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A wake-up call: Banning FGM and Child Marriage in Gambia

Oct 23, 2015, 10:20 AM

The United Nations System in The Gambia has called for the banning of female genital mutilation and child marriage in The Gambia.

The call to ban this twin evils affecting our young girls and, by extension, the society, was made recently when marking the 70th anniversary of the United Nations under the theme: “Building Tomorrow’s UN Today”.

The UN System in The Gambia called for legislation against child marriage and FGM, as part of efforts to ensure full protection for the rights and welfare of children, especially the girl-child.

The call to eradicate child marriage and FGM is also in line with the Post 2015 Agenda, which aims to eliminate all harmful practices, such as child, early and forced marriage and FGM by 2030.

FGM and child marriage are two evils that endanger the lives and impede the good growth of our young girls.

In essence they go a long way in sapping the viability and human resourcefulness of our society, as they continue to cause harm to the health and productivity of our girls and women.

Whereas FGM exposes them to hazards and health risks, early and or forced marriage saps them of their right to grow healthily, learn and become productive human resource of society.

Through this twin evil, our girls in The Gambia are deprived of realizing their full potential and attaining better education that would be of benefit to them, their families and the nation at large in future.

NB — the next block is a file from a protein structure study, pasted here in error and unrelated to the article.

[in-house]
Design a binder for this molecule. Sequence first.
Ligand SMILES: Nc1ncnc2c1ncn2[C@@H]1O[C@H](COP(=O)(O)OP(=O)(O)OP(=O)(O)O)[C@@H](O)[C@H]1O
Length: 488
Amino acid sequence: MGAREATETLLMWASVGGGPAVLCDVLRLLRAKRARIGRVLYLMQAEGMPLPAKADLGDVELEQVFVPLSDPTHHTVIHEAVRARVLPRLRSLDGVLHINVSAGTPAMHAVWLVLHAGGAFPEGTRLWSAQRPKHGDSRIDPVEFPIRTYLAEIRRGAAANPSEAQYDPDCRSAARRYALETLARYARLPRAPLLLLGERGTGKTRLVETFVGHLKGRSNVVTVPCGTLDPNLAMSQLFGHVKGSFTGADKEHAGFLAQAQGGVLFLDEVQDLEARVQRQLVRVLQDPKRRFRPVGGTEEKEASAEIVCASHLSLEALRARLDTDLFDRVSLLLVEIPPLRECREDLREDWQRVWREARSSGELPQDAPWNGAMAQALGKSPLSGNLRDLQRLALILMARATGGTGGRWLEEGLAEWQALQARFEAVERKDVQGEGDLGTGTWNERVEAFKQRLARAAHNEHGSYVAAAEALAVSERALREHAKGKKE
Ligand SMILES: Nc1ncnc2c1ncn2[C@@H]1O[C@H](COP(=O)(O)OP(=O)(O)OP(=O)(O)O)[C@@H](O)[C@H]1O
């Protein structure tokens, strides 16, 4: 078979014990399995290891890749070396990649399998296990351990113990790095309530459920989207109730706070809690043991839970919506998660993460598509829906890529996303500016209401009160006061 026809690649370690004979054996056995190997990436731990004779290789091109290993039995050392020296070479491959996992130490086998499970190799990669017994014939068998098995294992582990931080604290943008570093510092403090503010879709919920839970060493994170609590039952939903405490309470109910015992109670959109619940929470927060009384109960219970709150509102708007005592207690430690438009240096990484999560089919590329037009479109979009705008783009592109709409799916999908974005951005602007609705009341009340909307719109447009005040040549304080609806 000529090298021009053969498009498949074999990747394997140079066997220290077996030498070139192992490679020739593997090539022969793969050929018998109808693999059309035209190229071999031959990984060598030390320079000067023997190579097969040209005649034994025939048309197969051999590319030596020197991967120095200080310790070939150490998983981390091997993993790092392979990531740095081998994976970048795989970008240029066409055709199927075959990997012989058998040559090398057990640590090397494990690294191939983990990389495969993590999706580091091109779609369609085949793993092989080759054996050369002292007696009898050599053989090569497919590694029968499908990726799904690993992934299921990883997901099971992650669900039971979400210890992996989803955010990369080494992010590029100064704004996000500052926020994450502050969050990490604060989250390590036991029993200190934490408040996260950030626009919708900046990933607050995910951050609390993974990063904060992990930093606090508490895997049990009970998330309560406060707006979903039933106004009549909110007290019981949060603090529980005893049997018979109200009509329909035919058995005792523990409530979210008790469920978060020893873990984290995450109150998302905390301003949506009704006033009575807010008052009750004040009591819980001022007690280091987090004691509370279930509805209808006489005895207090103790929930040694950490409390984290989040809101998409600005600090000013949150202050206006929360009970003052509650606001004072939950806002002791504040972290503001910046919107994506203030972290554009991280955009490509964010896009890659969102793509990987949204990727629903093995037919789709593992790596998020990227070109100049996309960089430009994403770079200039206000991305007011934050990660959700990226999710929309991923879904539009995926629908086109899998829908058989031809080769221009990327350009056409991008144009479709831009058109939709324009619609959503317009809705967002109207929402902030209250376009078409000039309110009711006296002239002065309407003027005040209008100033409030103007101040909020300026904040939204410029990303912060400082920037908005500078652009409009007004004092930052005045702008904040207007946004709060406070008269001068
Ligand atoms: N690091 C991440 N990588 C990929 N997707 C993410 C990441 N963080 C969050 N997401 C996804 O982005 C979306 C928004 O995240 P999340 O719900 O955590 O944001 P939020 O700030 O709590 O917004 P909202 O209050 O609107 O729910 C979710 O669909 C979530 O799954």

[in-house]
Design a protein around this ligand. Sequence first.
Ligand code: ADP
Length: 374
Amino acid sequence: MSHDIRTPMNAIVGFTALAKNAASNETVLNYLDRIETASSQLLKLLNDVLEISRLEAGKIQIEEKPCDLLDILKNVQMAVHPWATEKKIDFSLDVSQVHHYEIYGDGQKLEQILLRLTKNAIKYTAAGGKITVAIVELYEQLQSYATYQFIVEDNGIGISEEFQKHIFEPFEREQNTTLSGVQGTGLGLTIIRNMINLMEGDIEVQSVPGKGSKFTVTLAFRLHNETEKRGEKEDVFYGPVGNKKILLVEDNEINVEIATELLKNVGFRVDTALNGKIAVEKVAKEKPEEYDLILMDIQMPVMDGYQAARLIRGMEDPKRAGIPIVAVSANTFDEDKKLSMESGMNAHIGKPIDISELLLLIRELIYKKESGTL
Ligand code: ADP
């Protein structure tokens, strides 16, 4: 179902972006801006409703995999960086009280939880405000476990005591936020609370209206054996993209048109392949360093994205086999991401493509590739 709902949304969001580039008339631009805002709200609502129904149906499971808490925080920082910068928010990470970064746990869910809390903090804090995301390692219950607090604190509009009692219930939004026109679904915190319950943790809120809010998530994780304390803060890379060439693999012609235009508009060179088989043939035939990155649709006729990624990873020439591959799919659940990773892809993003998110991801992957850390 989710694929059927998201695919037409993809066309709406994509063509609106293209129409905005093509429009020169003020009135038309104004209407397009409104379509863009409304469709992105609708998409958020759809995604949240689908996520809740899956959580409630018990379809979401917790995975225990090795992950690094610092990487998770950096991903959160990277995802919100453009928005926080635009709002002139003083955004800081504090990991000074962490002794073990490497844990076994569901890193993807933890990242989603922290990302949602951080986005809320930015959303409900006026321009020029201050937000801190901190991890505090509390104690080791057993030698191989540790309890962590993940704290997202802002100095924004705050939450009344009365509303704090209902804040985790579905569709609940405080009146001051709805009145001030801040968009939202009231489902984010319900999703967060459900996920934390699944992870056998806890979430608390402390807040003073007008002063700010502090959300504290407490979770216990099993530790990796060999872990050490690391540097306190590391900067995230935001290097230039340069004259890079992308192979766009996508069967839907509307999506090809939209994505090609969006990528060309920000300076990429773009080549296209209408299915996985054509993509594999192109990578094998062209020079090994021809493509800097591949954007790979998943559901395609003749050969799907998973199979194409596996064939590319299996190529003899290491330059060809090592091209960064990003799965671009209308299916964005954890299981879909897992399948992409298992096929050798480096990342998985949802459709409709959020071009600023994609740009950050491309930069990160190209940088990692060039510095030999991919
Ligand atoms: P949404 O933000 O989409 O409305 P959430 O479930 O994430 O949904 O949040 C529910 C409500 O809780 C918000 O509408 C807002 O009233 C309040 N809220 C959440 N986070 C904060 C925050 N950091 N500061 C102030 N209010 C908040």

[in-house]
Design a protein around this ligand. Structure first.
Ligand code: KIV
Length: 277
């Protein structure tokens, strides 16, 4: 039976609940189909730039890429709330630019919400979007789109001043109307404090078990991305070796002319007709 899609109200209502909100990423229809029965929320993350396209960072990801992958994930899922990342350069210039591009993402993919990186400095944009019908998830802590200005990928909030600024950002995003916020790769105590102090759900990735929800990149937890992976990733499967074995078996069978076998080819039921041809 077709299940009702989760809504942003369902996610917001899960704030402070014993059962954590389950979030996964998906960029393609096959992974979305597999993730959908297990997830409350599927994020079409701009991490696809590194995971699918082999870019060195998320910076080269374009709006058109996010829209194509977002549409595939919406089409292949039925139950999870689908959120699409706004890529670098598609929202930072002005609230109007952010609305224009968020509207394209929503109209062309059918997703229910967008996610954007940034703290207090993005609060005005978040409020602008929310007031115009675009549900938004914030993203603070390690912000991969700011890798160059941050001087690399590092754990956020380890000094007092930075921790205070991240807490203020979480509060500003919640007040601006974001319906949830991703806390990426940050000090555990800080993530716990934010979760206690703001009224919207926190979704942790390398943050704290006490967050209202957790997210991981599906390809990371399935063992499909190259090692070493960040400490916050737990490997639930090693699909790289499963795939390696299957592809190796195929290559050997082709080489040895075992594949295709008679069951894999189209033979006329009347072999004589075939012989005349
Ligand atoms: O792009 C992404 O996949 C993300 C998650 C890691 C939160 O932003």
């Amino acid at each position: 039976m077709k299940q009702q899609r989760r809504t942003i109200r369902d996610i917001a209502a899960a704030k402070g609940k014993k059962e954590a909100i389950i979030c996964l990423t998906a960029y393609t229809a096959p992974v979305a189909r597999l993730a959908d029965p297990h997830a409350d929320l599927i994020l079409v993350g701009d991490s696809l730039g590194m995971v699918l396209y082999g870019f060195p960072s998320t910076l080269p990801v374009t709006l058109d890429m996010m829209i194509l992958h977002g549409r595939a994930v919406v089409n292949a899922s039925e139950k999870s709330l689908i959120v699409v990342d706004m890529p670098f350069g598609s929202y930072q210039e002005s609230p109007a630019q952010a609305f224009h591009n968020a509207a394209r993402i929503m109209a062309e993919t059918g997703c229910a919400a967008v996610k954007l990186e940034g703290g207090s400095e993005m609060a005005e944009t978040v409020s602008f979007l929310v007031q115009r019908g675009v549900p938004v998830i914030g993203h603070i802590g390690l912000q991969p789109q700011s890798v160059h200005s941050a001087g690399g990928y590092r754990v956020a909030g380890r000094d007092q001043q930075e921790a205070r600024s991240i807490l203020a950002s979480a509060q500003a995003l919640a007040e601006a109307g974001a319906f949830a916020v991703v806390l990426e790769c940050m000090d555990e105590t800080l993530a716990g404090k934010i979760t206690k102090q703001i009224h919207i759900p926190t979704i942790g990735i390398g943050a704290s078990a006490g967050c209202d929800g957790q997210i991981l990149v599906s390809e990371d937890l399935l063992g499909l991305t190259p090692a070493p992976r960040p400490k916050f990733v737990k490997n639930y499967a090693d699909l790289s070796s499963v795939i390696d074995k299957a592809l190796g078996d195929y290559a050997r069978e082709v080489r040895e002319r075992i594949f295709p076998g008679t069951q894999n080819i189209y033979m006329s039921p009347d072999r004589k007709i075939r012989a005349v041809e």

“Two lingering challenges: child marriage and the prevalence of FGM, need our urgent attention,” the UN System said. 

“Child marriage in The Gambia continues to deny many young girls the opportunity of post-primary education, which is critical in poverty alleviation and economic transformation.”

As regards The Gambia, the UN 2015 report has said it all, and has given a wake-up call for our authorities to do something to stall the trend of FGM activity and child marriage in our society.

It should be noted that the Demographic Health Survey, 2013 of The Gambia shows that 16 per cent of women aged 20-49 years were married before their 15th birthday, and 41 per cent of the same age group got married by age 18.

“Moving forward, the solution against child marriage and FGM lies in the enactment of laws banning these practices,” the UN says.

It stated that similar proposals to the Gambia government were made in the July 2015 report of the Committee on the Elimination of Discrimination against Women (CEDAW), the AU African Charter on the Rights and Welfare of the Child (ACWRC) and the Protocol to the African Charter on Human and People’s Right.

Considering the seriousness of these two harmful cultural practices, it is imperative that our authorities do something about eradicating them in The Gambia.

“Educating Girls is one of the most powerful tools to prevent child marriage.”

Global Partnership to End Child Marriage